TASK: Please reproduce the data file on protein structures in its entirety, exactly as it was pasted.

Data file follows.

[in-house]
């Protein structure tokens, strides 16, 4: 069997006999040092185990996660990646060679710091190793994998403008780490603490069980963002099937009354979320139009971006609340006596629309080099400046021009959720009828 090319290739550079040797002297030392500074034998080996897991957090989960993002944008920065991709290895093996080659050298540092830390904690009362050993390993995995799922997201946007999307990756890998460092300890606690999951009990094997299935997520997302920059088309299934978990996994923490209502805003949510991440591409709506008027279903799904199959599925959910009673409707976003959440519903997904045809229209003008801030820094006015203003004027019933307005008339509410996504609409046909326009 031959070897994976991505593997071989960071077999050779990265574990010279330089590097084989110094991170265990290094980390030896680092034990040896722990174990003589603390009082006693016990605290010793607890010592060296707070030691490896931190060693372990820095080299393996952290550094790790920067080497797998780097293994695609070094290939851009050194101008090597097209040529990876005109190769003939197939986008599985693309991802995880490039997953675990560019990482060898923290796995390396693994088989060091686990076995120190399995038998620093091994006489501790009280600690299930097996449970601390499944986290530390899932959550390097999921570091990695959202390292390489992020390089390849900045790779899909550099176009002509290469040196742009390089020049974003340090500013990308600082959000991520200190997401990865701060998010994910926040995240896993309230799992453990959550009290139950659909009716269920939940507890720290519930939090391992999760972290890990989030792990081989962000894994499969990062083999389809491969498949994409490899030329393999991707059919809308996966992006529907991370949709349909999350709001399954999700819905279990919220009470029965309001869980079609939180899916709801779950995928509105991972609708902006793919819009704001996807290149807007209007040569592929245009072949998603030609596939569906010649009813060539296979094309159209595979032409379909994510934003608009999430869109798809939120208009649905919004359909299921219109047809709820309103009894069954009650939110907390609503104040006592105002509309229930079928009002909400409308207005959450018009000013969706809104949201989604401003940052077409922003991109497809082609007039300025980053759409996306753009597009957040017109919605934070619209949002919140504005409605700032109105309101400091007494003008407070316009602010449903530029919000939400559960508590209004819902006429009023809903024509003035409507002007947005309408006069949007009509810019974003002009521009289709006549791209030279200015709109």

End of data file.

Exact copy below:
[in-house]
């Protein structure tokens, strides 16, 4: 069997006999040092185990996660990646060679710091190793994998403008780490603490069980963002099937009354979320139009971006609340006596629309080099400046021009959720009828 090319290739550079040797002297030392500074034998080996897991957090989960993002944008920065991709290895093996080659050298540092830390904690009362050993390993995995799922997201946007999307990756890998460092300890606690999951009990094997299935997520997302920059088309299934978990996994923490209502805003949510991440591409709506008027279903799904199959599925959910009673409707976003959440519903997904045809229209003008801030820094006015203003004027019933307005008339509410996504609409046909326009 031959070897994976991505593997071989960071077999050779990265574990010279330089590097084989110094991170265990290094980390030896680092034990040896722990174990003589603390009082006693016990605290010793607890010592060296707070030691490896931190060693372990820095080299393996952290550094790790920067080497797998780097293994695609070094290939851009050194101008090597097209040529990876005109190769003939197939986008599985693309991802995880490039997953675990560019990482060898923290796995390396693994088989060091686990076995120190399995038998620093091994006489501790009280600690299930097996449970601390499944986290530390899932959550390097999921570091990695959202390292390489992020390089390849900045790779899909550099176009002509290469040196742009390089020049974003340090500013990308600082959000991520200190997401990865701060998010994910926040995240896993309230799992453990959550009290139950659909009716269920939940507890720290519930939090391992999760972290890990989030792990081989962000894994499969990062083999389809491969498949994409490899030329393999991707059919809308996966992006529907991370949709349909999350709001399954999700819905279990919220009470029965309001869980079609939180899916709801779950995928509105991972609708902006793919819009704001996807290149807007209007040569592929245009072949998603030609596939569906010649009813060539296979094309159209595979032409379909994510934003608009999430869109798809939120208009649905919004359909299921219109047809709820309103009894069954009650939110907390609503104040006592105002509309229930079928009002909400409308207005959450018009000013969706809104949201989604401003940052077409922003991109497809082609007039300025980053759409996306753009597009957040017109919605934070619209949002919140504005409605700032109105309101400091007494003008407070316009602010449903530029919000939400559960508590209004819902006429009023809903024509003035409507002007947005309408006069949007009509810019974003002009521009289709006549791209030279200015709109």